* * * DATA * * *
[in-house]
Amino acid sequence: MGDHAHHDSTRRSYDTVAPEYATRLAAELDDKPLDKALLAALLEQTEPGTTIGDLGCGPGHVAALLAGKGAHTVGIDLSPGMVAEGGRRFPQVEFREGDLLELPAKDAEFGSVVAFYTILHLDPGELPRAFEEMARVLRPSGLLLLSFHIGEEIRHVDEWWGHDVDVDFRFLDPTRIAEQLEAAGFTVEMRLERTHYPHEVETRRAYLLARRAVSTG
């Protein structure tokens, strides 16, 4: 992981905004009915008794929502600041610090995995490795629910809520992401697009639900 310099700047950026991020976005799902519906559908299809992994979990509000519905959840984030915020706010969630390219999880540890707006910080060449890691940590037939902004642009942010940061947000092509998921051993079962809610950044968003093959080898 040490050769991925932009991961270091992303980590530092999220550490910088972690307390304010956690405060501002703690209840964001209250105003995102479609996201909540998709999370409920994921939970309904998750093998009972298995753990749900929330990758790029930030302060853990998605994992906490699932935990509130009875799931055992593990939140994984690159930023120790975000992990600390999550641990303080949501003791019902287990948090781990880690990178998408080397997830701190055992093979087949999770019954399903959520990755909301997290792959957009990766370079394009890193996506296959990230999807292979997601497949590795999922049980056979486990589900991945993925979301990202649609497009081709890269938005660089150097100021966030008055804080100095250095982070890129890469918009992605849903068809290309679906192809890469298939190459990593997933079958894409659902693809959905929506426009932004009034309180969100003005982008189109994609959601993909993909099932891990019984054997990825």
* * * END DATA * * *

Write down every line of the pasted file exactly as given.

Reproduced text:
[in-house]
Amino acid sequence: MGDHAHHDSTRRSYDTVAPEYATRLAAELDDKPLDKALLAALLEQTEPGTTIGDLGCGPGHVAALLAGKGAHTVGIDLSPGMVAEGGRRFPQVEFREGDLLELPAKDAEFGSVVAFYTILHLDPGELPRAFEEMARVLRPSGLLLLSFHIGEEIRHVDEWWGHDVDVDFRFLDPTRIAEQLEAAGFTVEMRLERTHYPHEVETRRAYLLARRAVSTG
């Protein structure tokens, strides 16, 4: 992981905004009915008794929502600041610090995995490795629910809520992401697009639900 310099700047950026991020976005799902519906559908299809992994979990509000519905959840984030915020706010969630390219999880540890707006910080060449890691940590037939902004642009942010940061947000092509998921051993079962809610950044968003093959080898 040490050769991925932009991961270091992303980590530092999220550490910088972690307390304010956690405060501002703690209840964001209250105003995102479609996201909540998709999370409920994921939970309904998750093998009972298995753990749900929330990758790029930030302060853990998605994992906490699932935990509130009875799931055992593990939140994984690159930023120790975000992990600390999550641990303080949501003791019902287990948090781990880690990178998408080397997830701190055992093979087949999770019954399903959520990755909301997290792959957009990766370079394009890193996506296959990230999807292979997601497949590795999922049980056979486990589900991945993925979301990202649609497009081709890269938005660089150097100021966030008055804080100095250095982070890129890469918009992605849903068809290309679906192809890469298939190459990593997933079958894409659902693809959905929506426009932004009034309180969100003005982008189109994609959601993909993909099932891990019984054997990825």